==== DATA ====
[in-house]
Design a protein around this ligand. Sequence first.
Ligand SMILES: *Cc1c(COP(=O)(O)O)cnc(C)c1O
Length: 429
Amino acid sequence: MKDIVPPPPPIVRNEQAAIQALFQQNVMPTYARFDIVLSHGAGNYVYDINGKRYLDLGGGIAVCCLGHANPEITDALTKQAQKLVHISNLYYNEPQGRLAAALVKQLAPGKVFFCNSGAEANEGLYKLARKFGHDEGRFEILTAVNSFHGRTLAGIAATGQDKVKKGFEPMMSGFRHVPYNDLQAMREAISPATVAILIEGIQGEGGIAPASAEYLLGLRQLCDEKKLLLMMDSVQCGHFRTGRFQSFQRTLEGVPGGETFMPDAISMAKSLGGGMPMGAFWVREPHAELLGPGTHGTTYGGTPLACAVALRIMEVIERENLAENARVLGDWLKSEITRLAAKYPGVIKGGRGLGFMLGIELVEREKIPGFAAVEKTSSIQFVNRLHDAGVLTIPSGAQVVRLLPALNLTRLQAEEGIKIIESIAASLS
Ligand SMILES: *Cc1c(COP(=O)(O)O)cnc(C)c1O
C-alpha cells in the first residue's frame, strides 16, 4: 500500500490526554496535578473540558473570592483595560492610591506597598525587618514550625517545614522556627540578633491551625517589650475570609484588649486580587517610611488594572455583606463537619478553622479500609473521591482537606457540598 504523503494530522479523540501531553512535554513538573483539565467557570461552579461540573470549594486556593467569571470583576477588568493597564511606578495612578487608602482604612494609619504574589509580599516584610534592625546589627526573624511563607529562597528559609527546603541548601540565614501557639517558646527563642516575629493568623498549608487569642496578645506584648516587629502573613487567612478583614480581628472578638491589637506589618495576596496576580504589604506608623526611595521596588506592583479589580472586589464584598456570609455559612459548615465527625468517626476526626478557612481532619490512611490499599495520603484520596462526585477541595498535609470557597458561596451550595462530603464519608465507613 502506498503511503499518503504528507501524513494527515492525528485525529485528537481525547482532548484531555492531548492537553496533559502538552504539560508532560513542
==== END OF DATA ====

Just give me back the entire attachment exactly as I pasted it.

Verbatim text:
[in-house]
Design a protein around this ligand. Sequence first.
Ligand SMILES: *Cc1c(COP(=O)(O)O)cnc(C)c1O
Length: 429
Amino acid sequence: MKDIVPPPPPIVRNEQAAIQALFQQNVMPTYARFDIVLSHGAGNYVYDINGKRYLDLGGGIAVCCLGHANPEITDALTKQAQKLVHISNLYYNEPQGRLAAALVKQLAPGKVFFCNSGAEANEGLYKLARKFGHDEGRFEILTAVNSFHGRTLAGIAATGQDKVKKGFEPMMSGFRHVPYNDLQAMREAISPATVAILIEGIQGEGGIAPASAEYLLGLRQLCDEKKLLLMMDSVQCGHFRTGRFQSFQRTLEGVPGGETFMPDAISMAKSLGGGMPMGAFWVREPHAELLGPGTHGTTYGGTPLACAVALRIMEVIERENLAENARVLGDWLKSEITRLAAKYPGVIKGGRGLGFMLGIELVEREKIPGFAAVEKTSSIQFVNRLHDAGVLTIPSGAQVVRLLPALNLTRLQAEEGIKIIESIAASLS
Ligand SMILES: *Cc1c(COP(=O)(O)O)cnc(C)c1O
C-alpha cells in the first residue's frame, strides 16, 4: 500500500490526554496535578473540558473570592483595560492610591506597598525587618514550625517545614522556627540578633491551625517589650475570609484588649486580587517610611488594572455583606463537619478553622479500609473521591482537606457540598 504523503494530522479523540501531553512535554513538573483539565467557570461552579461540573470549594486556593467569571470583576477588568493597564511606578495612578487608602482604612494609619504574589509580599516584610534592625546589627526573624511563607529562597528559609527546603541548601540565614501557639517558646527563642516575629493568623498549608487569642496578645506584648516587629502573613487567612478583614480581628472578638491589637506589618495576596496576580504589604506608623526611595521596588506592583479589580472586589464584598456570609455559612459548615465527625468517626476526626478557612481532619490512611490499599495520603484520596462526585477541595498535609470557597458561596451550595462530603464519608465507613 502506498503511503499518503504528507501524513494527515492525528485525529485528537481525547482532548484531555492531548492537553496533559502538552504539560508532560513542